2. Area By Coordinates

a. Concept

The area of a closed non-crossing plane polygon can be compuetd from the coordinates of the polygon's verticies.The area equations, depending on coordinate format used, are shown here as Equations G-1 and G-2

In terms of X and Y coordinates

 

        

 img5

         Eqn (G-1)

In terms of N and E coordinates

 
 

img6

          Eqn (G-2)

 

These equations look complex, more so if you expand all the terms. Rather than memorize each equation, it's easier to remember their pattern and determine the area in tabular fashion.

To accurately compte the traverse area:

(1) Select a start point (it doesn't matter where you start)

(2) Going in sequence around the exterior list each coordinate pair vertically, Figure G-5. Direction of travel around the traverse (clockwise or counter-clockwise) doesn't matter; nor does coordinate precedence, eg, (X, Y) or (Y, X). 

Using X,Y coords

Using N,E coords

Figure G-5
LIsting Coordinates in Sequence

 

(3) The first coordinate pair must be repeated at the bottom of the list. In Figure G-5, the surveyor started at point A and then ended on point A.

(4) Cross multiply the coordinates and sum the products, Figure G-6. Arrows indicate "direction" of multiplication.

Using X,Y coords

Using N,E coords

img7a

img8a

Figure G-6
Coordinate Crossmultiplication 

 

The units of the cross products are square linear units - if coordinates are in feet, cross products are sq ft.

(5) Using Equation G-3, compute the traverse area.

Sum each column (blue arrow) and (red arrow)

img10

Eqn (G-3)


The absolute value is used since the area could be negative depending on the combination of direction around the traverse, coordinate precedence (e.g. X,Y vs Y,X), and cross multiplication order. Just as the square root of 4 can be either +2 or -2, so can the area be positive or negative. Because we're generally interested in the magnitude of the answer, we use the absolute value of the area computed..

While at first all this may look confusing, it's actually pretty easy to remember once you do it a few times.

 

b. Examples

Although we carried an additional digit in all previous computations, we'll carry a few more extra here. We'll discuss the area error at the end of the chapter but for now we want to over-compute the area accuracy then report it to an appropriate resolution after we analyze it. If we don't carry additional digits, we could easily increase error due to rounding. To be on the safe side, we'll carry the computations to 0.1 which should be less than the expected error.

(1) Example 1

Figure G-7 is a continuation of the Bearing Traverse example we have been using in the past few chapters.

img15
Point North (ft) East (ft)
A 500.000 2000.000
B 323.614 1561.426
C 526.996 1488.321
D 719.336 1686.956       
Figure G-7
Example 1 Traverse
 

 

 Step (1) Start at point A and going clockwise around the traverse list the coordinates:

Point

N (ft)

E (ft)

   

A

500.000

2000.000

   

B

323.614

1561.426

   

C

526.996

1488.321

   

D

719.336

1686.956

   

A

500.000

2000.000

  remember to return to A              

 

Step (2) Cross multiply in one direction:

Point

N (ft)

E (ft)

(blue arrow), sq ft

 

A

500.000

2000.000

647,228.0

 

B

323.614

1561.426

822,865.2

 

C

526.996

1488.321

1,070,602.9

 

D

719.336

1686.956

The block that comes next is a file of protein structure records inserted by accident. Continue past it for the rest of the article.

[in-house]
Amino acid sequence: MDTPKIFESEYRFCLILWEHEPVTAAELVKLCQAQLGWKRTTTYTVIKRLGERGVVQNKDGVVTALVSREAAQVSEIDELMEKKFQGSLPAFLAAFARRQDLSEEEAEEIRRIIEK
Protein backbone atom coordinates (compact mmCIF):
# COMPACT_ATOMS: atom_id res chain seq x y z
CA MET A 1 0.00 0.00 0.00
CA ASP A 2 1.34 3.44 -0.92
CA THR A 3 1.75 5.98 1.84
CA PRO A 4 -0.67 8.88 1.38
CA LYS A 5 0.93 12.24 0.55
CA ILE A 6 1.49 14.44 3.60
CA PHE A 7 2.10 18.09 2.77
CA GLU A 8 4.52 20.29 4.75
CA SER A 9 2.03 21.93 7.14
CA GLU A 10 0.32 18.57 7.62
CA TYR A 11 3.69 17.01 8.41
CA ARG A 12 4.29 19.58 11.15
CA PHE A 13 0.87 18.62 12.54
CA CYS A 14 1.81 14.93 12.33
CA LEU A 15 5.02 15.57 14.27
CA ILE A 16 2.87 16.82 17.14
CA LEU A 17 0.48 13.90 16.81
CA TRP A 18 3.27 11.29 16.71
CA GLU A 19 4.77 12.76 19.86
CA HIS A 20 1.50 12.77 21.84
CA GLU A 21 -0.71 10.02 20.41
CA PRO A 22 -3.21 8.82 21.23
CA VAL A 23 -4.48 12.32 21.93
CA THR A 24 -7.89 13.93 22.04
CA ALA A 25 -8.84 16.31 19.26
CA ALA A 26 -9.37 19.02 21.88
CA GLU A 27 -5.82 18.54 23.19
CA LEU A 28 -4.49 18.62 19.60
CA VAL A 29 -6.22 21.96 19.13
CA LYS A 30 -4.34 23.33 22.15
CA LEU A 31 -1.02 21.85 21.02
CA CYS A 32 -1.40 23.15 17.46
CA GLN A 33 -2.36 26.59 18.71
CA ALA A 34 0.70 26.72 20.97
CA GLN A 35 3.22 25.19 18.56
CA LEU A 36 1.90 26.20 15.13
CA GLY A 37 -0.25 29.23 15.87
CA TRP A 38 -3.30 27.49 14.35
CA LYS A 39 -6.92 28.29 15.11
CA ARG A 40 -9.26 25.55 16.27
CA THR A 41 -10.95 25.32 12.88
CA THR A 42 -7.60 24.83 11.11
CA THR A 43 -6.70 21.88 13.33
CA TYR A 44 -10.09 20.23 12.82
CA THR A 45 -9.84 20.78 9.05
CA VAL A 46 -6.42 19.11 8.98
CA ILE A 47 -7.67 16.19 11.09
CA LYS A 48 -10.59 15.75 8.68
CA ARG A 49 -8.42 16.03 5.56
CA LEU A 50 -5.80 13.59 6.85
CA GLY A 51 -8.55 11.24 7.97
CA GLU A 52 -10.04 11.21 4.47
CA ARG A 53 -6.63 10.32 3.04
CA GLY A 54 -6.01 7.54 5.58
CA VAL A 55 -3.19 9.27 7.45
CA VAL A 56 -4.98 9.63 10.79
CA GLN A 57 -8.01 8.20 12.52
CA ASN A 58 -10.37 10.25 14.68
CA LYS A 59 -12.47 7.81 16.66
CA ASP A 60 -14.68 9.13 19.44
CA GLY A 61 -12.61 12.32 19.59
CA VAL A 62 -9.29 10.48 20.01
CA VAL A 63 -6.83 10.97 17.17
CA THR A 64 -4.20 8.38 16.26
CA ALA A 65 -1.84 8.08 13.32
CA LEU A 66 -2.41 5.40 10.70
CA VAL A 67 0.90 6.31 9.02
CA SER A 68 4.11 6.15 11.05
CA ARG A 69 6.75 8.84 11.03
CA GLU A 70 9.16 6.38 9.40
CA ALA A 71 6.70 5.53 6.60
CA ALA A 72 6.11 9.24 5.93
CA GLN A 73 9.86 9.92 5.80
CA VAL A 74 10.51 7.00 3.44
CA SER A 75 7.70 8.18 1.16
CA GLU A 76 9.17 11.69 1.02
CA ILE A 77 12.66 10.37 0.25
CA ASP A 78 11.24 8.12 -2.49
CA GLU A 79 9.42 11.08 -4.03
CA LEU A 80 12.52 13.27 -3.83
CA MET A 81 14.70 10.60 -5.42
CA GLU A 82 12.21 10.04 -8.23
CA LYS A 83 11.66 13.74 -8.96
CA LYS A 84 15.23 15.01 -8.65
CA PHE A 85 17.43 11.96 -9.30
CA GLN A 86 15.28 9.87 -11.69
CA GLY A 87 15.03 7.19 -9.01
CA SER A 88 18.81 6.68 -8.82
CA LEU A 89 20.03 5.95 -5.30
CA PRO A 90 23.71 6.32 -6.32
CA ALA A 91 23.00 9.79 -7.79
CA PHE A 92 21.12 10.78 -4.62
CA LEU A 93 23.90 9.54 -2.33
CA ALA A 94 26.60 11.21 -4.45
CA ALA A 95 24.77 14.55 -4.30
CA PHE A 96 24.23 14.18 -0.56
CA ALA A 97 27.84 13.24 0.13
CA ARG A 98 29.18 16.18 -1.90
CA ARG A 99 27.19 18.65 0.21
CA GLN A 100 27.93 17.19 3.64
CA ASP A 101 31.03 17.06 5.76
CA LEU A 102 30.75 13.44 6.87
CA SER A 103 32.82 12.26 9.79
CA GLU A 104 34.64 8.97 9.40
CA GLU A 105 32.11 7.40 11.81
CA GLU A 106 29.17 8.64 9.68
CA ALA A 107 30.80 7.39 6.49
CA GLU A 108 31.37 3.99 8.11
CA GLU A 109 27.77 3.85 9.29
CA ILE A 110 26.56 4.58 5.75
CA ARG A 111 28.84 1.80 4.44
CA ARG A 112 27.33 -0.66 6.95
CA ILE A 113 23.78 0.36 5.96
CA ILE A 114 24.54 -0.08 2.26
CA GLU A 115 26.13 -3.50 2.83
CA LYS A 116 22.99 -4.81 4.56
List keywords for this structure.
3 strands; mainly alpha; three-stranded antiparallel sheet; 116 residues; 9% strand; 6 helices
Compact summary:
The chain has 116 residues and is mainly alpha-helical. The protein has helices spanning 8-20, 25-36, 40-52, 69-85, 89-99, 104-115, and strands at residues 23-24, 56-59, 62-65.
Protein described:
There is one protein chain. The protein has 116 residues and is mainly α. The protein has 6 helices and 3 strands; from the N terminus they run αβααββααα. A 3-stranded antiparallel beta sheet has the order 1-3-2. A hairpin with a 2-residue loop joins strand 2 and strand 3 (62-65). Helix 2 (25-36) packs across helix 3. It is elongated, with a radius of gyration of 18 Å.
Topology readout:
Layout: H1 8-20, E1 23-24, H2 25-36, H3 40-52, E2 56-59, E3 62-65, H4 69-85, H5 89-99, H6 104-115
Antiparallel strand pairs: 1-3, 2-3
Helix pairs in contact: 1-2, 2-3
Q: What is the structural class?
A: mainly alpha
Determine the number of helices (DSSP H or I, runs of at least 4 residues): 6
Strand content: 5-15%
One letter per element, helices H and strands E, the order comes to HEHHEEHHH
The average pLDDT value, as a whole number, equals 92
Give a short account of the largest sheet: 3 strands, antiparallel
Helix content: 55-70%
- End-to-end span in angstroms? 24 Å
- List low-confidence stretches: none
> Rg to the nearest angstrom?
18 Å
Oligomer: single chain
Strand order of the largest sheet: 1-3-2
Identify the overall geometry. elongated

843,478.0

 

A

500.000

2000.000

 

 

 

 

 

 

 

Step (3) Cross multiply in the other direction

Point

N (ft)

E (ft)

(blue arrow), sq ft

 (red arrow), sq ft

A

500.000

2000.000

647,228.0

B

323.614

1561.426

822,865.2

780,713.0

C

526.996

1488.321

1,070,602.9

481,641.5

D

719.336

1686.956

843,478.0

889,019.1

A

500.000

2000.000

1,438,672.0

 

 

     

 

Step (4) Add up the columns

Point

N (ft)

E (ft)

(blue arrow), sq ft

(red arrow), sq ft

A

500.000

2000.000

647,228.0

B

323.614

1561.426

822,865.2

780,713.0

C

526.996

1488.321

1,070,602.9

481,641.5

D

719.336

1686.956

843,478.0

889,019.1

A

500.000

2000.000

1,438,672.0

 

 

sums:

3,384,174.1

3,590,045.6

 

Step (5) Using Eqn (G-3) compute the area

img37

Until we discuss area accuracy more fully, we'll state the area as 102,935.8 sq ft.

There's nothing magical or sacred about point A. We could have stated our list at point C and travelled counter-clockwiase around the traverse. As long as we remember to repeat the intial point at the bottom of the list, we will come up with the same area although one could be positive and the other negative.

 

(2) Example 2

Figure G-8 shows the Crossing Traverse we've been using as another running example.

img17

Point North (ft) East (ft)
E 1000.000 200.000
F 689.206 532.694
G 896.890 627.584
H 692.474

257.460

Figure G-8
Crossing Traverse
 

 

With a crossing traverse, one must be careful when listing the coordinates. In this case, if you list the coordinates along the original traverse path, E-F-G-H-E, you will be able to compute an area but it will be nonsensical. The traverse turns itself inside out.

Recall that this survey was on a four-sided parcel having two obstructed lines, Figure G-9.

Figure G-9
Parcel With Obstructions

 

We want the the area of the parcel, not the traverse.

Step (1) Start at point E and going clockwise around the parcel list the coordinates.

Point

N (ft)

E (ft)

   

E

1000.000

200.000

   

G

896.890

627.584

   

F

689.206

532.694

   

H

692.474

257.460

   

E

1000.000

200.000

  remember to return to E
                   

 

Step (2)-(4) Cross multiply in both directions; sum the columns.

Point

N (ft)

E (ft)

(blue arrow), sq ft

(red arrow), sq ft

E

1000.000

200.000

179,378.0

G

896.890

627.584

432,534.7

624,584.0

F

689.206

532.694

368,876.7

477,767.9

H

692.474

257.460

257,460.0

177,443.0

E

1000.000

200.000

138,494.8

 

 

 

1,238,252.4

1,418,289.7

 

Step (5) Use Equation (G-3) to compute the area